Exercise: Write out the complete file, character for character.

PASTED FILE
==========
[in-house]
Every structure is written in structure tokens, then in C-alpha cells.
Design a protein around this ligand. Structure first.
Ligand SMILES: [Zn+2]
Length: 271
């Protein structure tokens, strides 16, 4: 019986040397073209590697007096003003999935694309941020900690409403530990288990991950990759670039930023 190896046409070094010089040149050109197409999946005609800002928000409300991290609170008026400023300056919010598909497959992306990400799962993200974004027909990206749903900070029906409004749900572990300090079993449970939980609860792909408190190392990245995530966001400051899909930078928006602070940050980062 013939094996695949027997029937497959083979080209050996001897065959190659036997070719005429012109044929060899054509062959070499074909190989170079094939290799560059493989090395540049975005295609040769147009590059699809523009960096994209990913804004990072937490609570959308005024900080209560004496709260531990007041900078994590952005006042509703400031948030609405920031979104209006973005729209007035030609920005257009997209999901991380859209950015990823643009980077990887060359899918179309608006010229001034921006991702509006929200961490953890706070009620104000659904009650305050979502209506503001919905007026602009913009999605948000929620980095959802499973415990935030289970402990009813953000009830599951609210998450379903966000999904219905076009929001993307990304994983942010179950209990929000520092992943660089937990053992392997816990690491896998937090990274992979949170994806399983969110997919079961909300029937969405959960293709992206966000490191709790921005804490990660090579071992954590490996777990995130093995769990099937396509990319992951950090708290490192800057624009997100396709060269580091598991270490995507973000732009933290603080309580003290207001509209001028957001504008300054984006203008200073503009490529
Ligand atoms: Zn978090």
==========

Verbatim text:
[in-house]
Every structure is written in structure tokens, then in C-alpha cells.
Design a protein around this ligand. Structure first.
Ligand SMILES: [Zn+2]
Length: 271
């Protein structure tokens, strides 16, 4: 019986040397073209590697007096003003999935694309941020900690409403530990288990991950990759670039930023 190896046409070094010089040149050109197409999946005609800002928000409300991290609170008026400023300056919010598909497959992306990400799962993200974004027909990206749903900070029906409004749900572990300090079993449970939980609860792909408190190392990245995530966001400051899909930078928006602070940050980062 013939094996695949027997029937497959083979080209050996001897065959190659036997070719005429012109044929060899054509062959070499074909190989170079094939290799560059493989090395540049975005295609040769147009590059699809523009960096994209990913804004990072937490609570959308005024900080209560004496709260531990007041900078994590952005006042509703400031948030609405920031979104209006973005729209007035030609920005257009997209999901991380859209950015990823643009980077990887060359899918179309608006010229001034921006991702509006929200961490953890706070009620104000659904009650305050979502209506503001919905007026602009913009999605948000929620980095959802499973415990935030289970402990009813953000009830599951609210998450379903966000999904219905076009929001993307990304994983942010179950209990929000520092992943660089937990053992392997816990690491896998937090990274992979949170994806399983969110997919079961909300029937969405959960293709992206966000490191709790921005804490990660090579071992954590490996777990995130093995769990099937396509990319992951950090708290490192800057624009997100396709060269580091598991270490995507973000732009933290603080309580003290207001509209001028957001504008300054984006203008200073503009490529
Ligand atoms: Zn978090």